HOUSTON (AP) - Former NBA player Dirk Minniefield will enter a federal diversion program to avoid a trial on fraud charges stemming from an alleged $10 million mortgage scheme in Texas, according to federal court documents.
Minniefield, 51, was arrested in December 2008 and faced one count of conspiracy to commit wire fraud and eight counts of wire fraud. His attorney, Steven Rosen, told The Associated Press on Tuesday that Minniefield never had any malicious intent but formed relationships with bad financial partners.
An indictment alleged that Minniefield, while working as a real estate agent, represented buyers without meeting them and that the buyers never visited the properties they were buying. The former Kentucky star also was accused of contacting the sellers' agents to propose language that would increase the sales prices of homes by including a substantial payment for renovations.
His trial was to begin on July 2, but U.S. District Judge Melinda Harmon in Houston cancelled it under the agreement that Minniefield would enter the program, according to court documents dated Friday.
Rosen said in a phone interview Tuesday night that Minniefield is due back in court in January 2014, after his 18-month program ends. Rosen said the program could encompass a wide range of community service activities.
``He's got to stay out of trouble,'' Rosen said. ``There's no drinking, there's no bars, there's no nothing. And they could have him speak before high school kids or college kids, or whatever they need, he's got to do it. He's got to prove to the U.S. government that he can conduct himself like everybody else does, and abide by the law.''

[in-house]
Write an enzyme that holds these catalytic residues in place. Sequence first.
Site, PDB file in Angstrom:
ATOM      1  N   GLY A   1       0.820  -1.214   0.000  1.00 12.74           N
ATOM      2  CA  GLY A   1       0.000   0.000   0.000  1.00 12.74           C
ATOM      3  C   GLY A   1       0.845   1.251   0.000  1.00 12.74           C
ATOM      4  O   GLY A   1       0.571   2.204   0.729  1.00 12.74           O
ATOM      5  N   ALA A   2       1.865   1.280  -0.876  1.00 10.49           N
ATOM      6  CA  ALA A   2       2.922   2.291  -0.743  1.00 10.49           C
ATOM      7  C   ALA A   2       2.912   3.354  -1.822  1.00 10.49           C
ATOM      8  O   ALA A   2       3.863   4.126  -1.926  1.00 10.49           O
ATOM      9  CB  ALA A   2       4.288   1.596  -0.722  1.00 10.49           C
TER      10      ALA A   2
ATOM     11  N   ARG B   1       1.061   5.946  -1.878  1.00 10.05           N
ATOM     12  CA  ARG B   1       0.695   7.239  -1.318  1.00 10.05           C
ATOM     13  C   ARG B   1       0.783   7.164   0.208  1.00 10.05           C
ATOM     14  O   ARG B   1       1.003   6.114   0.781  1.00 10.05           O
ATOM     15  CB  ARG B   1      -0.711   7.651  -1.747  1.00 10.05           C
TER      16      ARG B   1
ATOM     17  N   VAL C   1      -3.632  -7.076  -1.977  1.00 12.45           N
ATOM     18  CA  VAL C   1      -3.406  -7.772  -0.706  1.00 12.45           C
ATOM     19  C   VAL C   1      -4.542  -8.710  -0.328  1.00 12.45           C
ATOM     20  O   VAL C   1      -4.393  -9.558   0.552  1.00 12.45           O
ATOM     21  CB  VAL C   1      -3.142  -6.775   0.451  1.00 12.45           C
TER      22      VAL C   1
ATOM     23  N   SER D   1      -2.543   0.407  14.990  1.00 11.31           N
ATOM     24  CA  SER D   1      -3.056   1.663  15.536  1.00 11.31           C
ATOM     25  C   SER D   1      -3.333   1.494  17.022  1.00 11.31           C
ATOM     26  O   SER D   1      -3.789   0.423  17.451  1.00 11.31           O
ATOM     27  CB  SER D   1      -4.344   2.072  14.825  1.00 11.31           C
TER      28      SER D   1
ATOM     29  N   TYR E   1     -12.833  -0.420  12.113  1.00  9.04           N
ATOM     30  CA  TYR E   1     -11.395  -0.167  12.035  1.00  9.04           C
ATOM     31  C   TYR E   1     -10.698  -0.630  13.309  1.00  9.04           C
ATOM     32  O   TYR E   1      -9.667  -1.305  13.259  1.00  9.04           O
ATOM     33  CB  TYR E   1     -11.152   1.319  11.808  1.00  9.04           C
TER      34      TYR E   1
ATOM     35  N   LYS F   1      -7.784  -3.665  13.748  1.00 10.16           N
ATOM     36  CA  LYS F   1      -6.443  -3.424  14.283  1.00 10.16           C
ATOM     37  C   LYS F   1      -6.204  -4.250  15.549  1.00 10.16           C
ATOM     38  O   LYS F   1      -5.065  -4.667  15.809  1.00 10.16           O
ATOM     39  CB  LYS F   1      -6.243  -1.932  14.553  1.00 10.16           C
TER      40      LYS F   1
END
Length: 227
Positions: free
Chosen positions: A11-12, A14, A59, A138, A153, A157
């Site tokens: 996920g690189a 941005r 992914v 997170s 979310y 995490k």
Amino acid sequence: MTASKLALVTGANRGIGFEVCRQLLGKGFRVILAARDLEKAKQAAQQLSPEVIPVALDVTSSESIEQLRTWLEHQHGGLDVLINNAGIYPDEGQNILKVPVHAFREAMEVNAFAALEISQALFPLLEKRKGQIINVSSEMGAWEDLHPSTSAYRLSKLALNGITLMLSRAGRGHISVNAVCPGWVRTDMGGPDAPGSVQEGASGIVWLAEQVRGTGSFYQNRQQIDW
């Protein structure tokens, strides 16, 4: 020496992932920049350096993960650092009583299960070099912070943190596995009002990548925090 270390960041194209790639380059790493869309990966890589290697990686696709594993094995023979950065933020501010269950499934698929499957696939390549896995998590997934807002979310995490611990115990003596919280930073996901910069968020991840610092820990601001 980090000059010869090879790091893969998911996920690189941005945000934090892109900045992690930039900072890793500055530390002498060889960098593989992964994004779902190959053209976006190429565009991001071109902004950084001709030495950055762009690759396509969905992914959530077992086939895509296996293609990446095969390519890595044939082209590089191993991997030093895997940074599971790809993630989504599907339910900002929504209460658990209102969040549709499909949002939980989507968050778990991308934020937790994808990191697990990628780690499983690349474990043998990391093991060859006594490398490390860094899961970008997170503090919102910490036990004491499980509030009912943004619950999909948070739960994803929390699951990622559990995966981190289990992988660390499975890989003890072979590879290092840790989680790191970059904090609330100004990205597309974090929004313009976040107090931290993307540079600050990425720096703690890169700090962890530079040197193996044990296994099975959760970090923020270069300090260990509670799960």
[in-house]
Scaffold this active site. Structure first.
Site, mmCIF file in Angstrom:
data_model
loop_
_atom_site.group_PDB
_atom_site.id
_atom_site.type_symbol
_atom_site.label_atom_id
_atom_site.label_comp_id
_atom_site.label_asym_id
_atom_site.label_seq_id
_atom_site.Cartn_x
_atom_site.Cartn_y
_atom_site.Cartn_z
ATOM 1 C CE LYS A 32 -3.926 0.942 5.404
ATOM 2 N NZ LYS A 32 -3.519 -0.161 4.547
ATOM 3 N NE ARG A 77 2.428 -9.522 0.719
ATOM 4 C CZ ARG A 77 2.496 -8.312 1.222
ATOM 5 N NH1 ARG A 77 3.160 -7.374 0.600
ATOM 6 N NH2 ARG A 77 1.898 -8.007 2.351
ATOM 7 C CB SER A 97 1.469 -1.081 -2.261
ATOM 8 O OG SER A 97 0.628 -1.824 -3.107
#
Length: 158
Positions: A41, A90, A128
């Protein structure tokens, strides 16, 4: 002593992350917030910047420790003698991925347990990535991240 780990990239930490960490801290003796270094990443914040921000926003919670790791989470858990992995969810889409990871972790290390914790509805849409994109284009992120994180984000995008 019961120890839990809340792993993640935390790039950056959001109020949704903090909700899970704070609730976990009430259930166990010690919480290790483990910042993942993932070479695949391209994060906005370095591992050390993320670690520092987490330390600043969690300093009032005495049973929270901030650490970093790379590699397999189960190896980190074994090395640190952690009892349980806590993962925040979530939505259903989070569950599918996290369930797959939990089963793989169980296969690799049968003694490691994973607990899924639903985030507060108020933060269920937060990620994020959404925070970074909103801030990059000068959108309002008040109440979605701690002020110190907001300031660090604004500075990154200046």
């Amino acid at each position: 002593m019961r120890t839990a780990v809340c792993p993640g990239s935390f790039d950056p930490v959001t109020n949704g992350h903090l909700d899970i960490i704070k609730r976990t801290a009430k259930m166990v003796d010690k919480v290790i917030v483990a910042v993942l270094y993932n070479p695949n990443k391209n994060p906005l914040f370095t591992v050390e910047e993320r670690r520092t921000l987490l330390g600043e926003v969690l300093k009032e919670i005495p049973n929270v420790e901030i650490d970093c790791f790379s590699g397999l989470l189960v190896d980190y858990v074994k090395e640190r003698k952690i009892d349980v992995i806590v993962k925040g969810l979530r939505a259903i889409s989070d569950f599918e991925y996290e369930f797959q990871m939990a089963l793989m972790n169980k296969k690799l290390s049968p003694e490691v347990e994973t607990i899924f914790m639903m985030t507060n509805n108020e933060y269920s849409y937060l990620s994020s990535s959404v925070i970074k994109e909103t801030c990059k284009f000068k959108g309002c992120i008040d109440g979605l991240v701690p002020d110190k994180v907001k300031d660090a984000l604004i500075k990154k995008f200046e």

Rosen said Minniefield never had any malicious intent but formed relationships with bad financial partners. Rosen said the former NBA player was grateful that prosecutors realized he was ``a good man who just put his trust in the wrong people.''
Minniefield was a star at Kentucky and was drafted 33rd overall in 1983 by the Dallas Mavericks. He played three NBA seasons with four teams in a career cut short by drug use.
He was arrested in 1991 and served one year in jail for writing bad checks and violating his probation. He also struggled with drug use during his basketball career and eventually checked into the Houston-area rehabilitation program run by former NBA player John Lucas.
Rosen says Minniefield is out of the real-estate business and now works with the NBA's drug treatment program, counseling players who've encountered substance-abuse issues. He said Minniefield was relieved to have the fraud case behind him.
``We're putting the whole thing in the rear-view mirror,'' Rosen said.